I hope and pray that you might experience that for yourself too.

Be blessed, be a blessing.

Christmas present

As I am recycling at the moment (eg Nora the Noisy Angel) I thought I would recycle a ‘thought for the week’ I sent to the Ministers in the Eastern Baptist Association this week.

giftI had a clever mailing from a well-known Swedish furniture store come through my letter box last week. On the front it said, “Christmas is all about the present.” I groaned inwardly and decided not to open it because it was so far from what Christmas is all about. I was about to recycle it but curiosity got the better of me and I opened it. The text inside reads, “It’s the present (not the presents) that counts. And those moments with loved ones are the best of all…”

“That’s clever,” I thought to myself, “I wonder if I can include that in a Christmas message?” And then I started to reflect on whether it really is all about the present:

Advent is a season of time-travel. We travel back in time to the period before BC became AD and anticipate Jesus’ arrival. We empathise with the longing of his people for God to act. We hope and pray for a better future. We lament. We ache. We wait.

Christmas Carol Services and Nativity Plays are wonderfully nostalgic (which is why they are attended by the regular ‘once a year at Christmas’ part of our church family). They are a familiar touching place with the Unchangeable Story (which we soon discover if we dare to change things too radically). Of course they can also be incredibly poignant and painful for those who are reminded of past loss. In these moments the past is triggering our emotional response to the present.

And yet, in the midst of it, is the small voice of a child crying in a cattle feeding trough reminding us that this is the season of God, the eternal One, with us – Immanuel . In the present.

Christmas really is all about the present, God present with us.

Be blessed, be a blessing

not much has happened

Dear Bloggists, sorry that it has been a while since my last bloggage. Not much has happened in the intervening time…

We have been on holiday to Sweden, meeting up with lots of Sally’s friends (and me making new friends). So I have seen lots of lakes, lots of words that in Swedish are normal but in English are funny (such as the delicious chocolate sweet in this photo).

I have seen castles and visited the Royal Palace at Drottningholm (in my mind a bit like Windsor Palace for the Queen in the UK as it’s a bit out of Stockholm). I have walked in a national park and heard some interesting noises that may or may not have been an elk or a wild boar.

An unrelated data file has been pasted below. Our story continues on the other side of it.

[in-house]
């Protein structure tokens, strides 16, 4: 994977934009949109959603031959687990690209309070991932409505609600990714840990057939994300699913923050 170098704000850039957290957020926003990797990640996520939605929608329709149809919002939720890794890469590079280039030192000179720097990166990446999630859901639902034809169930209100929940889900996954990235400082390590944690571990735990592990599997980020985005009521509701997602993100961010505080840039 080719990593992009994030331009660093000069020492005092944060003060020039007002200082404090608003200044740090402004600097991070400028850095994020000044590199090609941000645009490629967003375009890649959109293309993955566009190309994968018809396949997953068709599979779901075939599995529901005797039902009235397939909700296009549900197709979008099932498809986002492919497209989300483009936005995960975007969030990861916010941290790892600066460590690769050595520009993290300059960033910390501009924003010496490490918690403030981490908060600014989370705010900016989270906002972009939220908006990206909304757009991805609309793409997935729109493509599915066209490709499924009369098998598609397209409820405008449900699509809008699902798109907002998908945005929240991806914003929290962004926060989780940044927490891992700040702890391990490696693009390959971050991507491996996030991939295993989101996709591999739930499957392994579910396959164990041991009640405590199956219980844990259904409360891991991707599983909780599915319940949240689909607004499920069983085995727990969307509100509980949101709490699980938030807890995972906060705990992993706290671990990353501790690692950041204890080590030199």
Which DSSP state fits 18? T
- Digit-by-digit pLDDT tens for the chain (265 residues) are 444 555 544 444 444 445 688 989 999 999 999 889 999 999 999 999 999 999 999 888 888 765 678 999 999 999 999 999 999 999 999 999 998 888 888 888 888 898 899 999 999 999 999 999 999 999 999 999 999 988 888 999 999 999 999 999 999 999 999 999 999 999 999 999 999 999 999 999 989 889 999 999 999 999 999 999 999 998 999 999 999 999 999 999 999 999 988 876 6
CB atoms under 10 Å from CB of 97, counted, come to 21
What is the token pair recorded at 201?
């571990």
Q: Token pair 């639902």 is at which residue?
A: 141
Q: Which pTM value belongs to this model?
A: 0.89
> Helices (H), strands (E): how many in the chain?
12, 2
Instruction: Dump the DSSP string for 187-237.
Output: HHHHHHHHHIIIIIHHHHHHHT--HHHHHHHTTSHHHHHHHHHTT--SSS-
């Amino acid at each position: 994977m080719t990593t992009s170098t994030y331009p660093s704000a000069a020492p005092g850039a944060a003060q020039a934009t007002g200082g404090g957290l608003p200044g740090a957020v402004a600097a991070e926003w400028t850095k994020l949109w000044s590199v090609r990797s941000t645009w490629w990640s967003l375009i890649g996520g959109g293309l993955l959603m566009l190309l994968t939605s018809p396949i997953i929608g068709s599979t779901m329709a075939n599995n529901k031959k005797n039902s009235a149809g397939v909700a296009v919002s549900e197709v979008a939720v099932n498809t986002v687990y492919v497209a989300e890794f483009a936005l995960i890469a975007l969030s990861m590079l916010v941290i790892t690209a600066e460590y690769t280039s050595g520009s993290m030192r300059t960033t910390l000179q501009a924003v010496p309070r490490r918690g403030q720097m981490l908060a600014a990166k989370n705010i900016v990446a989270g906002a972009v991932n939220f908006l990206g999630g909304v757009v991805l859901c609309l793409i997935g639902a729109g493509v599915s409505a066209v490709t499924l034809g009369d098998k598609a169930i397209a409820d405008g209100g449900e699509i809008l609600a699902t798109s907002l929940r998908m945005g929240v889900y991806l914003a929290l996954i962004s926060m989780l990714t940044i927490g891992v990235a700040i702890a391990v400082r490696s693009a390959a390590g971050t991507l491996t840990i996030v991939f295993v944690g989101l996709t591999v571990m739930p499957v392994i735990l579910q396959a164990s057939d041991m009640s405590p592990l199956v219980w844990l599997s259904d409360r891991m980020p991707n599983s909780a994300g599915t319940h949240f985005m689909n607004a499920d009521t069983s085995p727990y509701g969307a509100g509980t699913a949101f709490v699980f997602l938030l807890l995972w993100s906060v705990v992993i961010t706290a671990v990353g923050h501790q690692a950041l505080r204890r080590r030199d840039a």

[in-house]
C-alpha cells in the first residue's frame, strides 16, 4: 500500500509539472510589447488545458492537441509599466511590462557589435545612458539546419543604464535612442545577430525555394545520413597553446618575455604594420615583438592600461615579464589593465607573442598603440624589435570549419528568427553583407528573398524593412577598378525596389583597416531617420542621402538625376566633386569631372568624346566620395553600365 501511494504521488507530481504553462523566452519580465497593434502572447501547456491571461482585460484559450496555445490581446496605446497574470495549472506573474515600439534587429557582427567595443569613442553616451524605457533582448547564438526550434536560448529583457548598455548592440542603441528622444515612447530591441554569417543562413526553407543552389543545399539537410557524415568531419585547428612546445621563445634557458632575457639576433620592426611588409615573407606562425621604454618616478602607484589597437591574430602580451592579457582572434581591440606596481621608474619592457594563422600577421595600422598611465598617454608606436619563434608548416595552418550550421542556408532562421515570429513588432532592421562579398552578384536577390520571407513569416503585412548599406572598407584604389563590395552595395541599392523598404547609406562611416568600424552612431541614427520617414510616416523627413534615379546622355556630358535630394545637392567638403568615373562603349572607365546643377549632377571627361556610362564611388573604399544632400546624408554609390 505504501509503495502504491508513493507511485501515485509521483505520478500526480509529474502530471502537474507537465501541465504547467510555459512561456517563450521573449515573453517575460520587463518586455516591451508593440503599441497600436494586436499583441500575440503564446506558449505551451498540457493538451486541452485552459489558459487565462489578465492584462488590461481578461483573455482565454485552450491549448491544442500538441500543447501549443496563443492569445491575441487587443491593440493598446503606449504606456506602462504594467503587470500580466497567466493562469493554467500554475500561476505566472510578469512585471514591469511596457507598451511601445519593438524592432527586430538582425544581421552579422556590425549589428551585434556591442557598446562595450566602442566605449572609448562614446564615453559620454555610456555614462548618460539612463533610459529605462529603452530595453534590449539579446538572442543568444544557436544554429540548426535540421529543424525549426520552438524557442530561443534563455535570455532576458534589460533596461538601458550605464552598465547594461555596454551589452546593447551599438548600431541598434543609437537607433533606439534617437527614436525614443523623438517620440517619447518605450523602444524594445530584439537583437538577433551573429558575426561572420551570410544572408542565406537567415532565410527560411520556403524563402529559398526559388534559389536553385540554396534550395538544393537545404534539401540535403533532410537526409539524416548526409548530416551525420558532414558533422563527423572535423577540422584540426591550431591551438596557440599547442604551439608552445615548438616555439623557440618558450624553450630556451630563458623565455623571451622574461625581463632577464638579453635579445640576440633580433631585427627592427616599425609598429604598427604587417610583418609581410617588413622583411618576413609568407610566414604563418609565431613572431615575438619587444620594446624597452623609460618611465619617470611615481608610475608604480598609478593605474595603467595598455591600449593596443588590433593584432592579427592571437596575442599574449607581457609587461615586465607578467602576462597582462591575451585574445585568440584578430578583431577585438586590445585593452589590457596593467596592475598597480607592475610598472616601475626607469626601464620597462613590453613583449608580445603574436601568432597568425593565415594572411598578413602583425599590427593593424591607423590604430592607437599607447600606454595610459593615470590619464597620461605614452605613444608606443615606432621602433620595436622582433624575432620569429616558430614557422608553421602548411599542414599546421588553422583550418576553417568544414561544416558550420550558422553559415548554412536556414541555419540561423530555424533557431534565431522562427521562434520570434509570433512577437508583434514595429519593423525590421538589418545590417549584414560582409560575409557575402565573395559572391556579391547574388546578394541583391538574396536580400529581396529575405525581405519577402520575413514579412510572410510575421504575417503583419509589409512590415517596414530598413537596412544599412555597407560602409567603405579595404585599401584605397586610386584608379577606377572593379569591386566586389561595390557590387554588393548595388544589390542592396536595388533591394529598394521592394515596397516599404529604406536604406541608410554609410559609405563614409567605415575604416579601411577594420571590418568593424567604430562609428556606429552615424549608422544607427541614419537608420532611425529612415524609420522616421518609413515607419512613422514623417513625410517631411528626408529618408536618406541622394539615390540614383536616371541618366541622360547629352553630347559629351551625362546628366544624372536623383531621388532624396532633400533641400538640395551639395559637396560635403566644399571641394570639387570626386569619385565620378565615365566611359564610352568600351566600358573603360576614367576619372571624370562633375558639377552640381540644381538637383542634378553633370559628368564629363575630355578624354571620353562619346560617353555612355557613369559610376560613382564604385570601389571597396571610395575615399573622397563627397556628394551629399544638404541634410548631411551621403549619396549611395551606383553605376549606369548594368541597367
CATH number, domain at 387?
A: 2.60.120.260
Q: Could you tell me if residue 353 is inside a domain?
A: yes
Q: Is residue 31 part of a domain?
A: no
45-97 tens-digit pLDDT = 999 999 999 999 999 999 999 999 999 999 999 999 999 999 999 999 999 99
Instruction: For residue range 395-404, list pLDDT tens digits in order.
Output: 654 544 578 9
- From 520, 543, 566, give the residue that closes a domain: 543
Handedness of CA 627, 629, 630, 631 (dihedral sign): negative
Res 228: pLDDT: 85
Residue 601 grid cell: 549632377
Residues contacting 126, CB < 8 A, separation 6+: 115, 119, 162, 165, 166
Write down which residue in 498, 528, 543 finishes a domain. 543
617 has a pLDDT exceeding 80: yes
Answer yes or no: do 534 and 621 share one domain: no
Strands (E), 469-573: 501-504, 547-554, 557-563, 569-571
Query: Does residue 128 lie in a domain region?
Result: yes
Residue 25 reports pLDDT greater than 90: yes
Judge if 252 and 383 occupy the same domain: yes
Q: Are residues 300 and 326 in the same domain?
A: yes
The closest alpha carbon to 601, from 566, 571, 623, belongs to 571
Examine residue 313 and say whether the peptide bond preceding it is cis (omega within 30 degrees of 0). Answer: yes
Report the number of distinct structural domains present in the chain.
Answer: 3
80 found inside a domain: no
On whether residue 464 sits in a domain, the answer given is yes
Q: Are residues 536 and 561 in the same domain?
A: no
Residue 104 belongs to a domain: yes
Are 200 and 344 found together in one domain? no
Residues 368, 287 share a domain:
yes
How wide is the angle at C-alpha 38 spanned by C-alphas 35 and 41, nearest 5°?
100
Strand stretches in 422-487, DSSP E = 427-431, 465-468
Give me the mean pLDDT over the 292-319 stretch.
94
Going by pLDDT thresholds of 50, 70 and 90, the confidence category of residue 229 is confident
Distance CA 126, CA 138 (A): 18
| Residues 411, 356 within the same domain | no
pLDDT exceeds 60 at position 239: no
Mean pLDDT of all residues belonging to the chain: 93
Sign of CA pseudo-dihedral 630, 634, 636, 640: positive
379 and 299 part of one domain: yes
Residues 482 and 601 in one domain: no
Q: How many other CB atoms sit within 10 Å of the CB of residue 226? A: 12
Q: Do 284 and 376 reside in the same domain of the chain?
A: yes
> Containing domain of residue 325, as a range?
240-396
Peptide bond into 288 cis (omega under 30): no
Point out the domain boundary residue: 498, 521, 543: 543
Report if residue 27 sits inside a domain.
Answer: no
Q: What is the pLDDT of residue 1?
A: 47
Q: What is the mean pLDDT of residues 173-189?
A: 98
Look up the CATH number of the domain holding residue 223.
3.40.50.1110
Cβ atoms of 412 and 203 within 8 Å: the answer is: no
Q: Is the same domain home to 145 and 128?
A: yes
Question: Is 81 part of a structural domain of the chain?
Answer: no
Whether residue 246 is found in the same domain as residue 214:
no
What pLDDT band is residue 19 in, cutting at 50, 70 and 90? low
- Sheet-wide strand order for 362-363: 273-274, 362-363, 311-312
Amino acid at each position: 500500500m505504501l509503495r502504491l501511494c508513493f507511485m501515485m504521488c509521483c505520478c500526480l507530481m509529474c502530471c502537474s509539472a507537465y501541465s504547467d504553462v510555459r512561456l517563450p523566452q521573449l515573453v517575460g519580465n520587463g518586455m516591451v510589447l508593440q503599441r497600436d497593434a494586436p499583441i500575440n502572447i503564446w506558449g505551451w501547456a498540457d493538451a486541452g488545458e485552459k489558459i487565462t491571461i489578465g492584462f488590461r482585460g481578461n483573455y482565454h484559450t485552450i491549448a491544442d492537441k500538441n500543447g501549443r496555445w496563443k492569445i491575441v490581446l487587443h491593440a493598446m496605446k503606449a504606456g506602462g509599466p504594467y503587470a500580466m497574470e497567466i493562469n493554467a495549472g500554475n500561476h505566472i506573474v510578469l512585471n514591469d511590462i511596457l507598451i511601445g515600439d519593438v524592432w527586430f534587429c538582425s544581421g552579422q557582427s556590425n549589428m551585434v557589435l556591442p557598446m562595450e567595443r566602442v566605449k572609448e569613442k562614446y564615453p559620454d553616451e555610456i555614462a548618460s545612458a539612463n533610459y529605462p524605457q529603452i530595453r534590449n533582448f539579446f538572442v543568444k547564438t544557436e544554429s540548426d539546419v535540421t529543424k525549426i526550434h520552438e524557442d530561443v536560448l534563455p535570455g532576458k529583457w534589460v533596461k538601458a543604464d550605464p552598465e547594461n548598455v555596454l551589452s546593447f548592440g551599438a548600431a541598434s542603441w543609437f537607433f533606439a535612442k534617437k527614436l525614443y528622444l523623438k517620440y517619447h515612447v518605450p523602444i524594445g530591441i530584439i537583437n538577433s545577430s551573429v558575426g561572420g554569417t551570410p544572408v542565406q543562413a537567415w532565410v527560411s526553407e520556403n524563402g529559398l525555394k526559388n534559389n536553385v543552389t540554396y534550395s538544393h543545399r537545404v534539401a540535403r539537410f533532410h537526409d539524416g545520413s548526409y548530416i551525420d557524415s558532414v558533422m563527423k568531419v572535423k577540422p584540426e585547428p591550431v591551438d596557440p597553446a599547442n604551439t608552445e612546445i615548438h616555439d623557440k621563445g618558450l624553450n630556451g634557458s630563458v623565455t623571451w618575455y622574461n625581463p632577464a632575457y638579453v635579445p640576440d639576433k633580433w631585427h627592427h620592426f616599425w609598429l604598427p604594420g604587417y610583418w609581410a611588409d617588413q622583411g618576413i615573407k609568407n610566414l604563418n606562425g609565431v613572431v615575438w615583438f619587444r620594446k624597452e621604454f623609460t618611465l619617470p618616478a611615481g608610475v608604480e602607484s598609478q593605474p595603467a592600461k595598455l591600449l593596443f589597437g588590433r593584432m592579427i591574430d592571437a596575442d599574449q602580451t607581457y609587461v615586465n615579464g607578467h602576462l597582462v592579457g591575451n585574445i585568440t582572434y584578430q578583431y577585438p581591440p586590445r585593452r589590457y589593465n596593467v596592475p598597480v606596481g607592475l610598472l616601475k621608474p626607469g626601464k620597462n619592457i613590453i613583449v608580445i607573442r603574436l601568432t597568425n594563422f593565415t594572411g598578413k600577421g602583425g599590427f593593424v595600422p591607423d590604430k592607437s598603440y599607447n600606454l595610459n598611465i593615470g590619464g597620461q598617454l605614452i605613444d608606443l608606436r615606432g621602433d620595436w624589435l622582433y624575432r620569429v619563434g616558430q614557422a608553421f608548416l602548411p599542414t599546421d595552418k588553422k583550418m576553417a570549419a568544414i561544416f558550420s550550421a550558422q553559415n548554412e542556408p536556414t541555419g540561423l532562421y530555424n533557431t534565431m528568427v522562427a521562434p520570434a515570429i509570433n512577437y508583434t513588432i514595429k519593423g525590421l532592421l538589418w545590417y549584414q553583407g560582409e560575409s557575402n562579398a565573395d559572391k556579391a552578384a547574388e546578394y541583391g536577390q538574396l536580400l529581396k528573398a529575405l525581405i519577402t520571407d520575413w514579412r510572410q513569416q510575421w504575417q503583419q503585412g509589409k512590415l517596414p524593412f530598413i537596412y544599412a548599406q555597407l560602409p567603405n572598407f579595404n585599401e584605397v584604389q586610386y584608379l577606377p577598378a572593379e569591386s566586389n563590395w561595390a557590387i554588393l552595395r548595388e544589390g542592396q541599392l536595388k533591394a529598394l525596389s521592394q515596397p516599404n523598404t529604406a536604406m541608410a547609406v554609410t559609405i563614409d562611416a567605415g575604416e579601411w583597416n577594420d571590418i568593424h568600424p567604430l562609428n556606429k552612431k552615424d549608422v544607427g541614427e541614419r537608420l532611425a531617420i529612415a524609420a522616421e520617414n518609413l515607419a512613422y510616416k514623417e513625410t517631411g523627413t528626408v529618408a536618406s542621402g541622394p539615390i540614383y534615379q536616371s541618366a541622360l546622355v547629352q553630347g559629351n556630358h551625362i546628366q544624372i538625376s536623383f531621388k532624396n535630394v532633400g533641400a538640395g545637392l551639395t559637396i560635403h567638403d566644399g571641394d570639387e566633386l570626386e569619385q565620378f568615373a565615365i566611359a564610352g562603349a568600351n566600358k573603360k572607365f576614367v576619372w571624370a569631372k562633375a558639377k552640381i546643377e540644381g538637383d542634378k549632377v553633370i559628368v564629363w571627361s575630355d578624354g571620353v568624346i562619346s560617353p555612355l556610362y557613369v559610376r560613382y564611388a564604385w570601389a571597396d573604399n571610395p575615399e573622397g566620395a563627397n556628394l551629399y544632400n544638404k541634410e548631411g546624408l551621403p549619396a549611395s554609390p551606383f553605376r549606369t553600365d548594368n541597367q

I have discovered a new special concept: fika. This is stopping for tea / coffee and a cake, and can be at any time. Indeed as I write this bloggage I am also enjoying fika with a cup of coffee and the last of the Swedish cinnamon buns we brought back.

I have performed some magic for some of our Swedish friends, and also for an 8 year-old daughter of the friend of one of our Swedish friends on her birthday. It’s quite a challenge performing illusions when you don’t share a language, but it seemed to go well. I think an open mouth and wide eyes means the same thing for audiences in most languages!

And I have performed magic with a message at Heart for Harlow’s town centre service (not long after two women performed songs from Disney’s Frozen, complete with costumes.

I have had the date confirmed for my interview to join the Magic Circle. If I get through the interview I will then have an examination (audition) to perform later on.

We have been welcomed into Membership of our local church, South Woodham Evangelical Church.

Oh yes, and my friend Richard Jones only went and won Britain’s Got Talent! Well done Richard! You can see the two of us performing together last year here at the end of a show when we hired out a local village hall. I guess his days of performing in village halls may be over!

So not much has happened.

It is easy to get caught up and carried away with events, especially when they are either really positive or really negative, and forget that God wants us to involve him in these things too. When it’s good we sometimes forget to be grateful to him. When it’s bad we sometimes forget to call out to him (unless it’s to blame him).

I have written before about having an attitude of gratitude, and I am so grateful for all of the above experiences.

I am grateful that when things are not so good I know that I do not have to face those things alone. I know that He is with me when I walk through the darkest valley and I am grateful that nothing can separate me from his love.

I guess I am even grateful for the ability to be grateful. And I am also grateful that I have someone to be grateful to. If you don’t have a relationship with God, who are you able to be grateful to?

Today why not try listing things for which you are grateful, and be grateful to the One who gave you the ability to be grateful?